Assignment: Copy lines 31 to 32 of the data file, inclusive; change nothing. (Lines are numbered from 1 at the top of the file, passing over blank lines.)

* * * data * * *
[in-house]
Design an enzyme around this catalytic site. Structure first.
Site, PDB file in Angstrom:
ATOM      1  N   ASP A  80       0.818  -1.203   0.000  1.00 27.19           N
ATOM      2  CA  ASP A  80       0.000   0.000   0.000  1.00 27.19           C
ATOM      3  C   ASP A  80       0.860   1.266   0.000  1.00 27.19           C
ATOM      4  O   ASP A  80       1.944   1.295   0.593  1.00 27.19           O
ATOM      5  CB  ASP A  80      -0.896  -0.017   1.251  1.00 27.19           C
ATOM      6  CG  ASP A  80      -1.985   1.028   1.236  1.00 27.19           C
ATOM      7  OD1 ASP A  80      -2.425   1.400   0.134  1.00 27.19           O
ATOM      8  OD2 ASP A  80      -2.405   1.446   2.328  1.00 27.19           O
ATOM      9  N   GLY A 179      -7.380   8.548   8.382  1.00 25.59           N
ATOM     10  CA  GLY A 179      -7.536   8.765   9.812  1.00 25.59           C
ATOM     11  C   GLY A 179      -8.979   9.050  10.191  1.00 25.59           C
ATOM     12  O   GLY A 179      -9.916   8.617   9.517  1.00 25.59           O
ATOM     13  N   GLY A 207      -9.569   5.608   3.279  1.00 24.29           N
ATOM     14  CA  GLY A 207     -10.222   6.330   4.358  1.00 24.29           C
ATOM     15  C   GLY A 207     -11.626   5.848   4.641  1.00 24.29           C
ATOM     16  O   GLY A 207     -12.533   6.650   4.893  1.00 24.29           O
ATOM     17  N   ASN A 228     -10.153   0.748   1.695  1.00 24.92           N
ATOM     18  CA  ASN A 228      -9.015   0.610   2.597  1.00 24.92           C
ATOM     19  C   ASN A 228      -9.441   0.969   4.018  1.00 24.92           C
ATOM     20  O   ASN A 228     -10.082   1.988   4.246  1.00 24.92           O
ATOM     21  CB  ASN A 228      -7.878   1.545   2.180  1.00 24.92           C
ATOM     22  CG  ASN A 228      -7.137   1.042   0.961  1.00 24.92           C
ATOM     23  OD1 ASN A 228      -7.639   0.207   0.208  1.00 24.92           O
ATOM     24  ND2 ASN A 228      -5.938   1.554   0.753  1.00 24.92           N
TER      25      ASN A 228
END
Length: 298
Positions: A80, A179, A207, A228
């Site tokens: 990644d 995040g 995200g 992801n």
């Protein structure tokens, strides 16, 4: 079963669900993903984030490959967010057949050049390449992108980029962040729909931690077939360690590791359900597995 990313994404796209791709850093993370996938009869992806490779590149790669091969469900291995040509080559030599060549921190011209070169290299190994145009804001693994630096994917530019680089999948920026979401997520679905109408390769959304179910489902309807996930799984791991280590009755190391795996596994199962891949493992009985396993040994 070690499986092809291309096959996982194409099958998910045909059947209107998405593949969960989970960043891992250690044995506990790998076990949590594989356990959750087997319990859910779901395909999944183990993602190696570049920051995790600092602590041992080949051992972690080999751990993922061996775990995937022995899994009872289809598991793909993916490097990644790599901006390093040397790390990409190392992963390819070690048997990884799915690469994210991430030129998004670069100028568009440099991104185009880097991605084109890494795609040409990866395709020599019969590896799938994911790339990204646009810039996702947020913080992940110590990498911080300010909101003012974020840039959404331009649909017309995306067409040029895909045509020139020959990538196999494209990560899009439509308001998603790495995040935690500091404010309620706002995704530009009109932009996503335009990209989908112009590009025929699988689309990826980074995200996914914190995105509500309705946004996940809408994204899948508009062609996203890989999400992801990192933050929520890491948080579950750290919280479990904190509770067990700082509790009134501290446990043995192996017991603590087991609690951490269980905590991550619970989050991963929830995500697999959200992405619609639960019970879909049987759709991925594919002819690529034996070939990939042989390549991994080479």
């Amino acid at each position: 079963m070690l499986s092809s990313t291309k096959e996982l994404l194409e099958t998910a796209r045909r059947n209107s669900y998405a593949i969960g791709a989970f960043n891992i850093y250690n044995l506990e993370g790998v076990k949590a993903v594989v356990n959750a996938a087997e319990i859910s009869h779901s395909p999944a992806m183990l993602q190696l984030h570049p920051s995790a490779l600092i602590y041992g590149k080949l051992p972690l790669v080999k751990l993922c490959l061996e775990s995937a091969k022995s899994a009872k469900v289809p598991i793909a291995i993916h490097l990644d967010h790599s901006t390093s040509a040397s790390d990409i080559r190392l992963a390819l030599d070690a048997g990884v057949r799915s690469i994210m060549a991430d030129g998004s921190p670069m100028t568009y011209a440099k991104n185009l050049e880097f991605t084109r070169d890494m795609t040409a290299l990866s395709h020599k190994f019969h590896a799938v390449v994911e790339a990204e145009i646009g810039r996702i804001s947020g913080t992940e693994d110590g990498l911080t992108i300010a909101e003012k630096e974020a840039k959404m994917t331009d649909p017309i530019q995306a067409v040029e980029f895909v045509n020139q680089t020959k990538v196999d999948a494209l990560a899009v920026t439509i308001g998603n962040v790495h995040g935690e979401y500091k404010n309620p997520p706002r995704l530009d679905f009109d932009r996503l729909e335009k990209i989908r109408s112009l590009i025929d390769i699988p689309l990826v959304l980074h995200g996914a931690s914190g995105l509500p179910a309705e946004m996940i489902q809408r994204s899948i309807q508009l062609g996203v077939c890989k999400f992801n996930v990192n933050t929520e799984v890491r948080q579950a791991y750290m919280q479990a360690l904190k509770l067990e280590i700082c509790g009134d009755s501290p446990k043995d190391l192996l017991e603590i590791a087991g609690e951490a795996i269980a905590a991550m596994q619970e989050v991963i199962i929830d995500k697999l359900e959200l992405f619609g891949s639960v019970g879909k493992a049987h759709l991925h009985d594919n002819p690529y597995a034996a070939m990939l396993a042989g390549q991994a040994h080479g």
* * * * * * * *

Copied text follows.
Positions: A80, A179, A207, A228
């Site tokens: 990644d 995040g 995200g 992801n």